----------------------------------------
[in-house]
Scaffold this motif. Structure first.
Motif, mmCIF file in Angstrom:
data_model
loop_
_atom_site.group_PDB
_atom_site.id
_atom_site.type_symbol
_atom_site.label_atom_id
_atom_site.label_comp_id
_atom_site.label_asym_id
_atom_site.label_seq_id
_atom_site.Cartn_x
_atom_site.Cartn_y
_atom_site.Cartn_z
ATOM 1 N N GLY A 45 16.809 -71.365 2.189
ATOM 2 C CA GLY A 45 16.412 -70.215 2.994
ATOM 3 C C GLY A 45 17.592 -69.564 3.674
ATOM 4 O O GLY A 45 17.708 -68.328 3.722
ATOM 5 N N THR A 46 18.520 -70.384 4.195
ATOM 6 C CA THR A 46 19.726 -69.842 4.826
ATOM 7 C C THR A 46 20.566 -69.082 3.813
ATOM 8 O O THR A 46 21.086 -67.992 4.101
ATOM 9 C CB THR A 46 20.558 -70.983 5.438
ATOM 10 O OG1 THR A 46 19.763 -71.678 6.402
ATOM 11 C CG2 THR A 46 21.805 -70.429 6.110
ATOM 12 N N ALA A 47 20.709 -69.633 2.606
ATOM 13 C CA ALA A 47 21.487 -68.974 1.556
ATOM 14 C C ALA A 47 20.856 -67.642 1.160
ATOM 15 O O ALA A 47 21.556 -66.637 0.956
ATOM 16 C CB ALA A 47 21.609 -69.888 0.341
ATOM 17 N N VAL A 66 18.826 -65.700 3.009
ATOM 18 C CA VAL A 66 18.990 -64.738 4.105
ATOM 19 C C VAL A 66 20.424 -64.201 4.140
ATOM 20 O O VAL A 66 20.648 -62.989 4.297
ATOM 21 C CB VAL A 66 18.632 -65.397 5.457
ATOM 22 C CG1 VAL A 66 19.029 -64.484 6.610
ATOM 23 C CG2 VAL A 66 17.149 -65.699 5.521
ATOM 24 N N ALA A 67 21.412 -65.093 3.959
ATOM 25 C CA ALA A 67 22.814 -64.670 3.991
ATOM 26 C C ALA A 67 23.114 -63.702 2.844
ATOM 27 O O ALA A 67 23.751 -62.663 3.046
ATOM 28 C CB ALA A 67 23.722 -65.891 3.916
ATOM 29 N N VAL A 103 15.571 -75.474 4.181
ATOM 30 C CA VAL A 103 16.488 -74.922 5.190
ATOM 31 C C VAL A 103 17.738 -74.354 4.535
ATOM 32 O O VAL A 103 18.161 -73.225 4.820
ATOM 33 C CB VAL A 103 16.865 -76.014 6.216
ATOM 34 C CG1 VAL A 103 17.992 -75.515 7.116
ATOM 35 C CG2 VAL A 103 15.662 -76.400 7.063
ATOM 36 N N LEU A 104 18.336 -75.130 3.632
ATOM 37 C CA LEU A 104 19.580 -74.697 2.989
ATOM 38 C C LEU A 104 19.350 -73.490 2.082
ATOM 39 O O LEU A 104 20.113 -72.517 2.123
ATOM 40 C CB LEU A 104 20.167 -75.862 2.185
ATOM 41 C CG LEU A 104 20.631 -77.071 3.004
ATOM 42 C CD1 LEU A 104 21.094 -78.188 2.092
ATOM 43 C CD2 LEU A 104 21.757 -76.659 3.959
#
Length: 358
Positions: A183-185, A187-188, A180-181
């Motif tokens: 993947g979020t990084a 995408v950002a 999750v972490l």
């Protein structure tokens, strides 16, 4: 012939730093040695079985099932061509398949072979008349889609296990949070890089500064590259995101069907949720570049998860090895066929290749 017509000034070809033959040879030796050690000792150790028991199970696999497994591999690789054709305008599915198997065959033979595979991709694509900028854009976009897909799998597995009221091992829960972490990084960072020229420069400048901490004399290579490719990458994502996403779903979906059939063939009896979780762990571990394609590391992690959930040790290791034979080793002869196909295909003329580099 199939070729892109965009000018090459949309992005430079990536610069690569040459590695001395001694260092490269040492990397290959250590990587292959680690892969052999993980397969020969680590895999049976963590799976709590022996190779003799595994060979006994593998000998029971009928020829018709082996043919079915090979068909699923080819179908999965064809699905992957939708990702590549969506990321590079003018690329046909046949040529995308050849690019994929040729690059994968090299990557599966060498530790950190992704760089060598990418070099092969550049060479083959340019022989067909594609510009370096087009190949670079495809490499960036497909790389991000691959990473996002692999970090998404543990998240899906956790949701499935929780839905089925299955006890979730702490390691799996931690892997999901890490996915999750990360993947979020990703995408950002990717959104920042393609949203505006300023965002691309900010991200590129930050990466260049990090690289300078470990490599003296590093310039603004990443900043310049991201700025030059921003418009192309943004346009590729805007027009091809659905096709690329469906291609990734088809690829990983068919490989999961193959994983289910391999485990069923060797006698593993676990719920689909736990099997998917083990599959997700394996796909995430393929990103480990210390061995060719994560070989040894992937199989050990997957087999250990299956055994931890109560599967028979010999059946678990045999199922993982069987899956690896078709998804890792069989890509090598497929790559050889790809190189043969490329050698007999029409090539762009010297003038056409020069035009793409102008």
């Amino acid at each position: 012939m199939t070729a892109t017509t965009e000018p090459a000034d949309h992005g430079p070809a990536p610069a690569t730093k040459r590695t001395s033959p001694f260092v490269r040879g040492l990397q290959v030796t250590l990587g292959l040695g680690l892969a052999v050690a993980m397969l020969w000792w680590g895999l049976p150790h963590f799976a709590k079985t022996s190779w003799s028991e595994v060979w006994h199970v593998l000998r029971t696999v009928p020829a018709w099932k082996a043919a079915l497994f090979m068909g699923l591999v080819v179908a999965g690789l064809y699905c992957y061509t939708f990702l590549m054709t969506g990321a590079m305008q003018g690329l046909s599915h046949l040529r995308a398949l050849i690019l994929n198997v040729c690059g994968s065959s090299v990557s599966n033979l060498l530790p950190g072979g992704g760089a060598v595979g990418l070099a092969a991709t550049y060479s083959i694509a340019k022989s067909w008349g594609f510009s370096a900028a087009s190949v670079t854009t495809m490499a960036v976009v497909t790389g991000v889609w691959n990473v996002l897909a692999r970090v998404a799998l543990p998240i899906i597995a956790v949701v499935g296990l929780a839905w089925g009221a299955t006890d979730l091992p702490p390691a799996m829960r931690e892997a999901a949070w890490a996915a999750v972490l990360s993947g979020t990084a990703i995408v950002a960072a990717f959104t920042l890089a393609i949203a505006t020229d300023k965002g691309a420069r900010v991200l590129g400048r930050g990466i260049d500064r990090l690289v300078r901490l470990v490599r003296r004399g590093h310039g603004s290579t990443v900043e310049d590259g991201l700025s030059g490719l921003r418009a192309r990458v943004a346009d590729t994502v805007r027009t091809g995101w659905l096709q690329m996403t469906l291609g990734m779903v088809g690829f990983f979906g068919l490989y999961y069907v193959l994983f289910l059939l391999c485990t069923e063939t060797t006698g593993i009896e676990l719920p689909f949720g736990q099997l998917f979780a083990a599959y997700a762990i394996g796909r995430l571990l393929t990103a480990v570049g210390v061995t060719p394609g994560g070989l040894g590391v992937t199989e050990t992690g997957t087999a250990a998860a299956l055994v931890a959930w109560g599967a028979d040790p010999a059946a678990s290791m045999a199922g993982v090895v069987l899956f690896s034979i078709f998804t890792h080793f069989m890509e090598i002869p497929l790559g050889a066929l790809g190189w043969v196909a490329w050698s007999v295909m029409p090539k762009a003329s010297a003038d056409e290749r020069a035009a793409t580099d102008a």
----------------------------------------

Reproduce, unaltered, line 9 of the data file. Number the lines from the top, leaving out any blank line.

_atom_site.label_atom_id